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Psychological abuse: What should you know about soul thieves?

Society and lifestyle

It is essential to seek help for therapy when one has in one's history, past or present, an episode of abuse, whether physical, psychological or sexual.

Updated on January 20, 2021, Seytoo
Psychological abuse: What should you know about soul thieves?

Trauma of abuse is one of the most destructive for a person. This type of experience shakes the very foundations of a personality. The most common consequences of these traumas can be experienced at several levels.

Lived in childhood, abuse jeopardizes the development of several elements necessary for growth, such as self-confidence but also confidence in others and therefore in life. The psychological, social and sexual development is seriously affected. Victims often face destructive feelings of shame, guilt, and loneliness.

Finally, such experiences encourage victims to develop survival behaviors. The most common is the dissociation of the body (“I don't feel anything when I experience this”, “it doesn't happen to me”), the function of which is to protect the person from even more serious injuries.

The body fully experiences the abuse, be it physical but also psychological. The victim seeks to protect himself by shielding himself, by completely cutting himself off from bodily feelings ... And there she is caught up in the process of physical induration, and the construction of emotional armor which will generate reactions which are nevertheless very physical: tensions, discomfort, sensitivities of certain parts of the body, even the development of certain pathologies.

To be a victim…

What keeps victims so is that they rarely find someone around them who they can trust enough to tell them their secret, and thus stop the abuse.

It also happens that in the case of, for example, sexual abuse perpetrated by the father, the mother is more or less aware of what is going on, but she feels incapable of reacting because she is afraid of breaking the image of his family. This impotence will be aggravated if the mother is emotionally and materially dependent on the abuser. She therefore does not have the moral strength to support her own child, nor to face reality.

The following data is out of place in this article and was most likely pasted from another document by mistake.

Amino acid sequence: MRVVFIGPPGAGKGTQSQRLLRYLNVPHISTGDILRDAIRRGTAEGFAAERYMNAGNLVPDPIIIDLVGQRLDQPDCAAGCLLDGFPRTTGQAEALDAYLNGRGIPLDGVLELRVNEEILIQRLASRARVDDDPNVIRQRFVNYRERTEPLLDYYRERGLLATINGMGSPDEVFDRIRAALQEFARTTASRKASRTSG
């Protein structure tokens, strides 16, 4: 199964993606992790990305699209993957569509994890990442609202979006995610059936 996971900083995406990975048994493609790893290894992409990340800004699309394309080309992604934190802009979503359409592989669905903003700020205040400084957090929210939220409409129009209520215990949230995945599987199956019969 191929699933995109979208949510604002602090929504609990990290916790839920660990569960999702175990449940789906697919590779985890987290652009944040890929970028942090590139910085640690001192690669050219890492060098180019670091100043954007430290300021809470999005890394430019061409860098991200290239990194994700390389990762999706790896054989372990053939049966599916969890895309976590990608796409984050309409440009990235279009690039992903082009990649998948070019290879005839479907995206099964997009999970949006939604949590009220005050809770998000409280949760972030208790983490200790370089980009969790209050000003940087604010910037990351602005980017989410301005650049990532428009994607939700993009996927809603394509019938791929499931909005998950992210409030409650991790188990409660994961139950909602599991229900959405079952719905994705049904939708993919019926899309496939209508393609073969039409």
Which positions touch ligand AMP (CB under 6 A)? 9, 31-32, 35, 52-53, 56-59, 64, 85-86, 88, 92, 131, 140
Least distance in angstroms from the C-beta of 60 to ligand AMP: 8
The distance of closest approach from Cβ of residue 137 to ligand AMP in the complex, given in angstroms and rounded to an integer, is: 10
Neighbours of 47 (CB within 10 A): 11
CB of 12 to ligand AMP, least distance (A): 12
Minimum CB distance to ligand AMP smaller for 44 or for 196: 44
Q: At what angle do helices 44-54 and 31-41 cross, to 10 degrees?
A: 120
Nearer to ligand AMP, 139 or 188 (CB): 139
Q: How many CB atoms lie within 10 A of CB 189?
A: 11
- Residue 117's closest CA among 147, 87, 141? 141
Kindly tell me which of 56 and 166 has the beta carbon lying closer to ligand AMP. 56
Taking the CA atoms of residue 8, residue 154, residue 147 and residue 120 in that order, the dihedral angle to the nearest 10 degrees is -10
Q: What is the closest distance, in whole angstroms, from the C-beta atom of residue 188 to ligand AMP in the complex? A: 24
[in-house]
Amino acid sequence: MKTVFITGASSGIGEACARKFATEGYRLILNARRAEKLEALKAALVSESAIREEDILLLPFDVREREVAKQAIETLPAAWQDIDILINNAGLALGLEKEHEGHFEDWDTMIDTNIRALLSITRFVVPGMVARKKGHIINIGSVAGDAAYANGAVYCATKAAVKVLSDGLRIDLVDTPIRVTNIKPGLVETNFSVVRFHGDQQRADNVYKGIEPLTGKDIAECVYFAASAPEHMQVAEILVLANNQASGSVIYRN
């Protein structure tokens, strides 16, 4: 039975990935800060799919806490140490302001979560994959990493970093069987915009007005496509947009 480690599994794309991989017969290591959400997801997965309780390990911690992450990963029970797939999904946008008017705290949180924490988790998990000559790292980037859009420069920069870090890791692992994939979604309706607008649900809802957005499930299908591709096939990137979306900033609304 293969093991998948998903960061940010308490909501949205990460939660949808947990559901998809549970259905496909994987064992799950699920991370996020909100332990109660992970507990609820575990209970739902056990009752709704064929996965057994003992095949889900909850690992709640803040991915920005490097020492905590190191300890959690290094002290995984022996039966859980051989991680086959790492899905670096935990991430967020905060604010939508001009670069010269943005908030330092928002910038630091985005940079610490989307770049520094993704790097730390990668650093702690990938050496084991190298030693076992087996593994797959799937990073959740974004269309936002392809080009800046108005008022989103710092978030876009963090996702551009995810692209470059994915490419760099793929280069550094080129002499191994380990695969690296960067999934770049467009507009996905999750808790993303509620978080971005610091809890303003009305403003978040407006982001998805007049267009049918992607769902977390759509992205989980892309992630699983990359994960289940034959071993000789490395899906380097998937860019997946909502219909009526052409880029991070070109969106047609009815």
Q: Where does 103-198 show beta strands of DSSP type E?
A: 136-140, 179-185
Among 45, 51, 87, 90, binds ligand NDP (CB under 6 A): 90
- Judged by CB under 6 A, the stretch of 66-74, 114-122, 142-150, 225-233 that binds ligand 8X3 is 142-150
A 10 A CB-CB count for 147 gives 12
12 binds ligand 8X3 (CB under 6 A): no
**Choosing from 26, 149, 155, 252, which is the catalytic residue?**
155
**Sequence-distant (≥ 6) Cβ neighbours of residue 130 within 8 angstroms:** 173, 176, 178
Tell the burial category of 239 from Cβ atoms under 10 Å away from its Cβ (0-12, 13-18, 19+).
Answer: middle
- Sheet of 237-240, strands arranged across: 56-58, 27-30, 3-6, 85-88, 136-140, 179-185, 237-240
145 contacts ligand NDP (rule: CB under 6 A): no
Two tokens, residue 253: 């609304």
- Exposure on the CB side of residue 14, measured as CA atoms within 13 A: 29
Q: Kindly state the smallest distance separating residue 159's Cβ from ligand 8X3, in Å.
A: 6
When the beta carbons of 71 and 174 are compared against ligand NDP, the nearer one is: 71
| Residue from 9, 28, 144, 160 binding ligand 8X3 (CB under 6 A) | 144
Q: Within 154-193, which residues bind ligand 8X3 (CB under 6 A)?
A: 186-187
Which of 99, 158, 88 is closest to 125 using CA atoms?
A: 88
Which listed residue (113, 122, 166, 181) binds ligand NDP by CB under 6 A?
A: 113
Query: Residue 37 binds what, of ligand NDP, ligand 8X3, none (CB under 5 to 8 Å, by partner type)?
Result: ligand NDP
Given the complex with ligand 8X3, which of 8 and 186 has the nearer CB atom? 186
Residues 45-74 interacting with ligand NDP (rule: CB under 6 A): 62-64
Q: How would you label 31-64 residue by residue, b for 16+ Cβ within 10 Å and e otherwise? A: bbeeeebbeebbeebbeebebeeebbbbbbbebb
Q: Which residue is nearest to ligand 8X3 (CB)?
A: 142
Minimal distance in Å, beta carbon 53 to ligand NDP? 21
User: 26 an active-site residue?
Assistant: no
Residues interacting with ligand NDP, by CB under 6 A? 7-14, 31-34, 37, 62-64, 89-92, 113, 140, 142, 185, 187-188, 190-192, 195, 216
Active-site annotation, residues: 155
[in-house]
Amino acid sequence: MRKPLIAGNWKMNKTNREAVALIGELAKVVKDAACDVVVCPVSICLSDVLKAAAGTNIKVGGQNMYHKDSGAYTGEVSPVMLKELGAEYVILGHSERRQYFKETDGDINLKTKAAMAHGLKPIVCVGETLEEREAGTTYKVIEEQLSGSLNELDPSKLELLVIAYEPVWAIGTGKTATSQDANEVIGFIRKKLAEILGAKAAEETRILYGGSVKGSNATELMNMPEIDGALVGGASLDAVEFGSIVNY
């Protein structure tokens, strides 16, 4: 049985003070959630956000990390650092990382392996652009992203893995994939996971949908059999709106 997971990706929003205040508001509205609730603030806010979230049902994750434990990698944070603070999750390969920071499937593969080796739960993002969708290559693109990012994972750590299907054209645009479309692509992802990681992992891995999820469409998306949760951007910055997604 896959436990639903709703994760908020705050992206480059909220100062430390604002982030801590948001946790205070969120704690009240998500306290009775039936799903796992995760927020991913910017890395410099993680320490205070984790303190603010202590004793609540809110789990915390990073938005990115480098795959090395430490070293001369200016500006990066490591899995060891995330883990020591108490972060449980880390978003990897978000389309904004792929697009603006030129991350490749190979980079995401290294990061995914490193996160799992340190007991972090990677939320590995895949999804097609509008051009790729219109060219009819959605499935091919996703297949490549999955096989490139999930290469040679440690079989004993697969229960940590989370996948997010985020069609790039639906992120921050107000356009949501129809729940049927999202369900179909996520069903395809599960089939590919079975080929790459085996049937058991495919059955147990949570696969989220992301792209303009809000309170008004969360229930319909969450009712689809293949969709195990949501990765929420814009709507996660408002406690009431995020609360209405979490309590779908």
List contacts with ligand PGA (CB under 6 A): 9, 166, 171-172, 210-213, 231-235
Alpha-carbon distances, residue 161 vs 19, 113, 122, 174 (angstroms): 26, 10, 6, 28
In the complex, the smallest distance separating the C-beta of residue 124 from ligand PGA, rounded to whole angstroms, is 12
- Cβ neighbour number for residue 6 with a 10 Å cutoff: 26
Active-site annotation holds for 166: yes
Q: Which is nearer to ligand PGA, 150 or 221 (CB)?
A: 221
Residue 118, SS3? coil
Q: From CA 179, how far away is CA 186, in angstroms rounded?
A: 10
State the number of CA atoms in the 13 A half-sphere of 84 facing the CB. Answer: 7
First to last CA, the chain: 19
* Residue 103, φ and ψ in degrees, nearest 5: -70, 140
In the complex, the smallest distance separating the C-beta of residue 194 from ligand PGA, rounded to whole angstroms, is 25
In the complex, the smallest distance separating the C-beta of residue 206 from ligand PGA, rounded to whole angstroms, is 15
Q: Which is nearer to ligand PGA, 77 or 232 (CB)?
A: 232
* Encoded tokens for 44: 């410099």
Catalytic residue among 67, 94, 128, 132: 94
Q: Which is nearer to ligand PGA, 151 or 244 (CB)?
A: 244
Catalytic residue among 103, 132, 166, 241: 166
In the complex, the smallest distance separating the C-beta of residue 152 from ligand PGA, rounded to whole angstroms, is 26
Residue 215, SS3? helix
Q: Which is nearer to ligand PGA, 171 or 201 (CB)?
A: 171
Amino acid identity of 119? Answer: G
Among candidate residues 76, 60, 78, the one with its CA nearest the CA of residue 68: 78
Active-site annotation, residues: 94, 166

The child victim of such a situation experiences a double betrayal, of being abused by one parent and not supported by the other. He really feels abandoned to himself. This is often when he chooses not to ask anyone anymore and “to organize himself with his problems.”

This choice has a dramatic impact on his development, because he is thus left out of the picture with respect to emotional needs of primary importance, such as the need to be loved, supported and recognized as a worthy person.

Psychological abuse often accompanies physical abuse. It is virtually impossible to physically abuse a child repeatedly without having an impact on their psyche. The psychological abuser works to destroy the self-esteem of his victim. Having a marked deficiency himself at this level, he has great difficulty in maintaining an equal relationship with others. To be in relation, he must at all costs take the position of the dominant, the persecutor. This type of abuser seeks to humiliate, ridicule and demean his victim.

This in turn develops rage, frustration, complicated by a feeling of helplessness and strong worthlessness.

Get out…

We are not born a victim, we become one. Likewise, it is perfectly possible to get out...

It is essential to seek help for therapy when one has in one's history, past or present, an episode of abuse, whether physical, psychological or sexual.

Eye movement-type approaches have now demonstrated their remarkable effectiveness for this type of psychological pain. They allow in particular to rebuild self-esteem, greatly nourish self-confidence but also confidence in others around you.

It is also recommended that psychological support be reinforced by in-depth bodywork, very respectful of the person, in order to nourish self-awareness and one's integrity. An approach such as the Breastplate Release Method re-teaches former victims to respect themselves, value themselves, place limits, and inhabit their bodies fully. Their body, therefore their being ...

 



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